Information for Parents and Caregivers

Car Seat, Booster Seat, and Seat Belt Safety Tips

It is far too easy for a child to die in a car crash. Children's bodies have little protection against the tremendous forces caused when cars collide, even at low speed. The safest way to protect children against being hurt is to transport them in a child safety seat in the rear seat of the car. By making sure that your children are properly restrained each time you travel, you provide the best possible protection from death or serious injury in the event of a crash. Show your children how much you love them: buckle them up for every trip.

Every car seat and vehicle are different – always read the manual for both your child’s seat and your vehicle. Contact a certified Child Passenger Safety Technician (CPST) for assistance by using either the Find a Tech Tool or emailing [email protected].

Example Videos:

How to install a car seat or booster seat and how to buckle a child correctly

Rear facing

Forward Facing

High-Back Booster Seat

Seat Belt


How to Use a Car Seat:

Selection, Direction, Location, Harness, and Installation

Did You Know?...

  • When they are used correctly, car seats, booster seats, and seat belts greatly reduce the risk of injuries and death for children in crashes.
  • Most crashes occur close to home – every passenger in a vehicle should be buckled correctly every time.
  • At only 30 miles per hour, a child weighing 10 pounds would require 300 pounds of restraining force to be safely contained by the harness in their car seat in a crash. A 30-pound child traveling at 10 miles per hour would require the same amount of restraining force in their car seat.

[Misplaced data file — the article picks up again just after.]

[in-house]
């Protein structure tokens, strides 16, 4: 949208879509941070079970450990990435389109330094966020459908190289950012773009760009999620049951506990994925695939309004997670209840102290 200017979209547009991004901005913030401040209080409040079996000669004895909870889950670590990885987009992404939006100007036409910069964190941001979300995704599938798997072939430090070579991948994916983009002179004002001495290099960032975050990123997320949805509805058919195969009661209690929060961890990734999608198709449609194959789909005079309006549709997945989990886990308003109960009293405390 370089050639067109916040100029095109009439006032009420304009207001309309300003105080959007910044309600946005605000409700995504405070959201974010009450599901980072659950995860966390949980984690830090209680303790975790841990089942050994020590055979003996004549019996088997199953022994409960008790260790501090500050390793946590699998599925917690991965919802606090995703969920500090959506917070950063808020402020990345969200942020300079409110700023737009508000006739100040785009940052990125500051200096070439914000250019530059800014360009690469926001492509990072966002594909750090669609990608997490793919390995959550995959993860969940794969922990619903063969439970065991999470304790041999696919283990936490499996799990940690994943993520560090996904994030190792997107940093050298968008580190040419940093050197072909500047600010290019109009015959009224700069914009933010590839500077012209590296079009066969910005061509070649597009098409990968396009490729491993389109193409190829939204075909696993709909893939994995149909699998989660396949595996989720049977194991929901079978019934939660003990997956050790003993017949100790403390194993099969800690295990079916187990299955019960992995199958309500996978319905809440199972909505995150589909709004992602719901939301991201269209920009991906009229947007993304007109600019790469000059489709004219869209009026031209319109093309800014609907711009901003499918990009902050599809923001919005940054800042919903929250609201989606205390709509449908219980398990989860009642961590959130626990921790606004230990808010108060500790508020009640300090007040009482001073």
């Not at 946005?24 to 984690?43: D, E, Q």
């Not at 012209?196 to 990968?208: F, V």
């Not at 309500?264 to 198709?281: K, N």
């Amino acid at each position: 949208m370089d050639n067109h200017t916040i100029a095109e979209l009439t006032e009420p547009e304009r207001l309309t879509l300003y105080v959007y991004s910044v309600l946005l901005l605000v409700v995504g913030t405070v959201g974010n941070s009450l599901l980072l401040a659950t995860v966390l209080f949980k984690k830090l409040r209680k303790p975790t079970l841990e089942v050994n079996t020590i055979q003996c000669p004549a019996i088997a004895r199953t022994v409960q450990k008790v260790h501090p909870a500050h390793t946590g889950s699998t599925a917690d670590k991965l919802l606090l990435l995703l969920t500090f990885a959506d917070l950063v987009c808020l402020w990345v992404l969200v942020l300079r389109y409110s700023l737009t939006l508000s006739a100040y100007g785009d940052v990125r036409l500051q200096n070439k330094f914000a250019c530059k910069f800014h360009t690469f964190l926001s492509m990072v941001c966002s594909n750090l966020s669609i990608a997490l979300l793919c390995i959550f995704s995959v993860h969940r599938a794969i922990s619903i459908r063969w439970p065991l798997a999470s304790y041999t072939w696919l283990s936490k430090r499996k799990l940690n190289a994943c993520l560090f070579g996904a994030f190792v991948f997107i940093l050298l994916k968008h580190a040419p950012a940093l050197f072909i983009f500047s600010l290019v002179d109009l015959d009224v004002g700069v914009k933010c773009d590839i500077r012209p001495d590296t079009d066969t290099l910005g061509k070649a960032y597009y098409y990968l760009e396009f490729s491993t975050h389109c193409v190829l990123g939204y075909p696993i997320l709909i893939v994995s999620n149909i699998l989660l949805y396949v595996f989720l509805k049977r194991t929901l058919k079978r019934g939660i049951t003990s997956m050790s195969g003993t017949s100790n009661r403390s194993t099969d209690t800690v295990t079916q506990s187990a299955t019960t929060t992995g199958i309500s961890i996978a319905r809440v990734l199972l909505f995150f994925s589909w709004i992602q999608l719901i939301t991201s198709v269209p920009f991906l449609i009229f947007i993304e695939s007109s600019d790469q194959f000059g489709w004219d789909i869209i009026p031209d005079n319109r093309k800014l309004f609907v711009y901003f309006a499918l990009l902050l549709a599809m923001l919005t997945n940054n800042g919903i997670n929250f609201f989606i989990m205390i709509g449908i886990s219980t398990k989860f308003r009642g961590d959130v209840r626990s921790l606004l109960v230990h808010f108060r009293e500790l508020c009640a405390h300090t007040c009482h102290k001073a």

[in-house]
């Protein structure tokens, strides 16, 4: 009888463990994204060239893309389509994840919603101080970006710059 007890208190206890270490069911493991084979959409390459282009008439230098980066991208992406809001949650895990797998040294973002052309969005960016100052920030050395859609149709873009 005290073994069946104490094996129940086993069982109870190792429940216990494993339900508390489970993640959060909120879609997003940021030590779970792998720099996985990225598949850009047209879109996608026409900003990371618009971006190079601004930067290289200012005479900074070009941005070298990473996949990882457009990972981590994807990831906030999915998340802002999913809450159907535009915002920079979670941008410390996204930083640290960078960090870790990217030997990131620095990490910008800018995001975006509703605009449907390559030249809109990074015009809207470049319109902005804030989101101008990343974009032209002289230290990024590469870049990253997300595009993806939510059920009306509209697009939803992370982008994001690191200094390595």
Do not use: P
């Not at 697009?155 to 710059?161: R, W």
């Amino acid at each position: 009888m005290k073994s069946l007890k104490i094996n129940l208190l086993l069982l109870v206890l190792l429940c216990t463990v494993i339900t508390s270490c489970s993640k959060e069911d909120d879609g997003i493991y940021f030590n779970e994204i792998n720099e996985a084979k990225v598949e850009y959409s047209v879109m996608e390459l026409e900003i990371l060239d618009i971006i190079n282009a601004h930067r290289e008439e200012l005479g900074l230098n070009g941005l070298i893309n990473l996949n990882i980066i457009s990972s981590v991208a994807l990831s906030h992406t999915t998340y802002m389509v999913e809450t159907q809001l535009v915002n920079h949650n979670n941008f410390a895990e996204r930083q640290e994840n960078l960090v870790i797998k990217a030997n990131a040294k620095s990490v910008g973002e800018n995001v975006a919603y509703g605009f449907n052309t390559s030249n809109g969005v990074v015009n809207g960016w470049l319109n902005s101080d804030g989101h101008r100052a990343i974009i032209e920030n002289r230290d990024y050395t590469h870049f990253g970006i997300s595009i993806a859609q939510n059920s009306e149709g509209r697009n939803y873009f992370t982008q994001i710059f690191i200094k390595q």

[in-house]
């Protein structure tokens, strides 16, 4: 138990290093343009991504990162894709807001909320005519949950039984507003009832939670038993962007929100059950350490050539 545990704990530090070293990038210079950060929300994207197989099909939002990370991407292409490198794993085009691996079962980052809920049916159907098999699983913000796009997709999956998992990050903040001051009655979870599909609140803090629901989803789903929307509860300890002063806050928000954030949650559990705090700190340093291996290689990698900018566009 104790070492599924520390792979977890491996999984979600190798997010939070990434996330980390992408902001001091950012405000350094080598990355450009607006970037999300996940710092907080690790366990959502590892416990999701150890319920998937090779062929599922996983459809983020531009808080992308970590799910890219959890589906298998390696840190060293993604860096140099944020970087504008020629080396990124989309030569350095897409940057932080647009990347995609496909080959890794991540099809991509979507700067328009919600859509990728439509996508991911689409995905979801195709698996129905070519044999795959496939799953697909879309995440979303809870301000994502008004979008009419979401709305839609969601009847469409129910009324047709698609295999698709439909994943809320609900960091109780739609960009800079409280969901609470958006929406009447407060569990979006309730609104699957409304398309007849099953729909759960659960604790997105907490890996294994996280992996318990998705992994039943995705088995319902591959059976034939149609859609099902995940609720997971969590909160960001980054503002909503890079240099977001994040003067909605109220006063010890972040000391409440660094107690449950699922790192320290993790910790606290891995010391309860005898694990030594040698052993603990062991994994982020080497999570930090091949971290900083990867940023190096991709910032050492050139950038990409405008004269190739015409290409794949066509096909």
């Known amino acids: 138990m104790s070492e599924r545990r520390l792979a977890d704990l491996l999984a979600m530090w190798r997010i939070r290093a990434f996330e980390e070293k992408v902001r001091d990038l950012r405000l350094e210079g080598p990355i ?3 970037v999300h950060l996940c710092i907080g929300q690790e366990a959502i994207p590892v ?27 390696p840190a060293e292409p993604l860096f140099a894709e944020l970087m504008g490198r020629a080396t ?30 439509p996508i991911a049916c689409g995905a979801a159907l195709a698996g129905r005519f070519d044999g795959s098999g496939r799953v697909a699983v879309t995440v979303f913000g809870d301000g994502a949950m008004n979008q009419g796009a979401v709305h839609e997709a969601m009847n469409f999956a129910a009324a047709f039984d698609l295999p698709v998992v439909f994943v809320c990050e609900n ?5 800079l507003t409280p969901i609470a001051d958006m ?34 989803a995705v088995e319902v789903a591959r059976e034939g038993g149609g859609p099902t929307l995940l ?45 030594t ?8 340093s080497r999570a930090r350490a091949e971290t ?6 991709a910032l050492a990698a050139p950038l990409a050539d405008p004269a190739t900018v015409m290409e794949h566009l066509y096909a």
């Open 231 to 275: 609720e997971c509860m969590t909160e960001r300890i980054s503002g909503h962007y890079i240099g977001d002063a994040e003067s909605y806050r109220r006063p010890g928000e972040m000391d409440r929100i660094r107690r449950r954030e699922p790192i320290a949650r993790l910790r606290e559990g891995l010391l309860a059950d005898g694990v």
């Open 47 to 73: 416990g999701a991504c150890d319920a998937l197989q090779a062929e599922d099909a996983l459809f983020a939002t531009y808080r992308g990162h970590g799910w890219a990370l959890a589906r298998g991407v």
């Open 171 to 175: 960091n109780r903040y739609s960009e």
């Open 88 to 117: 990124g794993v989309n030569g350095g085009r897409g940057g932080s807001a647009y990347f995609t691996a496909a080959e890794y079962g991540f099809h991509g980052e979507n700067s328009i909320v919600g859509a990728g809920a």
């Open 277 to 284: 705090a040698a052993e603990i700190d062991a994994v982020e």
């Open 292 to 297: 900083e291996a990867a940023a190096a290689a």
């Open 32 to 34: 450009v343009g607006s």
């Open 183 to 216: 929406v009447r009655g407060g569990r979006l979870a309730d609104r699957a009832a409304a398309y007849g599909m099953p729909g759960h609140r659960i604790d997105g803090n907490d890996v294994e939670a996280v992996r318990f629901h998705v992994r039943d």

• Car seats and booster seats have specific instructions from the manufacturer, including minimum and maximum guidelines for a child’s age, height, and weight. You should always read the instruction manual for your child’s seat and the owner’s manual for your vehicle.
  • All car seat and booster seat manufacturers have a customer service number on their car seat or booster seat. Parents and caregivers are encouraged to call and ask questions about their seat.
  • Three out of four car seats are not installed correctly. Visit the National Highway Traffic Safety Administration’s page for more information on use and installation:
  • Best practice transportation recommendations from the American Academy of Pediatrics (AAP):
    • Rear-Facing: Children should ride rear-facing for as long as possible – until they reach the maximum height or weight limit allowed by the car seat manufacturer. Rear-facing is the safest way a child can ride and there is no increased risk for foot, ankle, or leg injuries for children who rear-face longer.
    • Forward-Facing: Children can transition to a forward-facing seat with a five-point harness once they have reached the maximum height or weight limit of their rear-facing seat as specified by the car seat manufacturer.
    • Booster Seat: Children should transition to a booster seat only after they have reached the maximum height or weight limit of their forward-facing seat with a five-point harness. When buckled, the lap portion of the seat belt should sit on the hip bones, not the abdomen, and the shoulder portion should lie on the shoulder, not the neck.
    • Seat Belt: Seat belts are designed to fit adults. Children should use their booster seat until they can pass the 5-Step Fit Test as long as they do not exceed the maximum height or weight for their booster. The 5-Step Fit Test instructions can be found here: Parents and caregivers should perform this test in every vehicle in which the child rides – seat belts will fit differently in different vehicles.
    • Children should ride in the back seat until they are 13 years of age to avoid an increased risk of air bag injuries.


For questions or more information, please email us at:

[email protected]


Page last updated: 1/03/2023